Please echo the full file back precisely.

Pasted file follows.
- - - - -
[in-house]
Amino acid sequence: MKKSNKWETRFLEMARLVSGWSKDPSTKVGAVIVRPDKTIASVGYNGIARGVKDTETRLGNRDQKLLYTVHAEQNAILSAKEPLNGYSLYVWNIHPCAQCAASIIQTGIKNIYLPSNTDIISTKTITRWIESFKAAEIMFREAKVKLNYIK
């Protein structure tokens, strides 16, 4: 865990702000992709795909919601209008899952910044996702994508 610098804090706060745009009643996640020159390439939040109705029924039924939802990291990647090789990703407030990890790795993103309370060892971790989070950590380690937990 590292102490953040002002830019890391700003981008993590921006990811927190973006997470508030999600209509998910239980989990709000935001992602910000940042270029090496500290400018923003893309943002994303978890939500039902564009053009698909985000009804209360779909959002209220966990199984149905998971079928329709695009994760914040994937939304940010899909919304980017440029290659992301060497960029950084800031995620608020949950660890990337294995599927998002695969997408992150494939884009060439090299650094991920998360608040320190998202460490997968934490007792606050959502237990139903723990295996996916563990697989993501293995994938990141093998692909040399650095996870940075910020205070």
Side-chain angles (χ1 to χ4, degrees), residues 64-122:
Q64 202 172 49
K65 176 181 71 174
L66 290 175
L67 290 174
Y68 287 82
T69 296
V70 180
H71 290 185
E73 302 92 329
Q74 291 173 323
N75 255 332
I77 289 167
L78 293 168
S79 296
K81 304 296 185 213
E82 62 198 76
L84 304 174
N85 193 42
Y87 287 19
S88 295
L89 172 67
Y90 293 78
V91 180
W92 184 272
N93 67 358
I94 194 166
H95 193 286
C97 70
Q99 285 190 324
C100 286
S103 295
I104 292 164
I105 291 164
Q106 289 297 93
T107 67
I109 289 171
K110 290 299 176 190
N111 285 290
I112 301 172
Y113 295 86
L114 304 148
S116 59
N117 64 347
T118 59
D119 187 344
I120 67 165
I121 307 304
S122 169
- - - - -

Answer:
[in-house]
Amino acid sequence: MKKSNKWETRFLEMARLVSGWSKDPSTKVGAVIVRPDKTIASVGYNGIARGVKDTETRLGNRDQKLLYTVHAEQNAILSAKEPLNGYSLYVWNIHPCAQCAASIIQTGIKNIYLPSNTDIISTKTITRWIESFKAAEIMFREAKVKLNYIK
């Protein structure tokens, strides 16, 4: 865990702000992709795909919601209008899952910044996702994508 610098804090706060745009009643996640020159390439939040109705029924039924939802990291990647090789990703407030990890790795993103309370060892971790989070950590380690937990 590292102490953040002002830019890391700003981008993590921006990811927190973006997470508030999600209509998910239980989990709000935001992602910000940042270029090496500290400018923003893309943002994303978890939500039902564009053009698909985000009804209360779909959002209220966990199984149905998971079928329709695009994760914040994937939304940010899909919304980017440029290659992301060497960029950084800031995620608020949950660890990337294995599927998002695969997408992150494939884009060439090299650094991920998360608040320190998202460490997968934490007792606050959502237990139903723990295996996916563990697989993501293995994938990141093998692909040399650095996870940075910020205070």
Side-chain angles (χ1 to χ4, degrees), residues 64-122:
Q64 202 172 49
K65 176 181 71 174
L66 290 175
L67 290 174
Y68 287 82
T69 296
V70 180
H71 290 185
E73 302 92 329
Q74 291 173 323
N75 255 332
I77 289 167
L78 293 168
S79 296
K81 304 296 185 213
E82 62 198 76
L84 304 174
N85 193 42
Y87 287 19
S88 295
L89 172 67
Y90 293 78
V91 180
W92 184 272
N93 67 358
I94 194 166
H95 193 286
C97 70
Q99 285 190 324
C100 286
S103 295
I104 292 164
I105 291 164
Q106 289 297 93
T107 67
I109 289 171
K110 290 299 176 190
N111 285 290
I112 301 172
Y113 295 86
L114 304 148
S116 59
N117 64 347
T118 59
D119 187 344
I120 67 165
I121 307 304
S122 169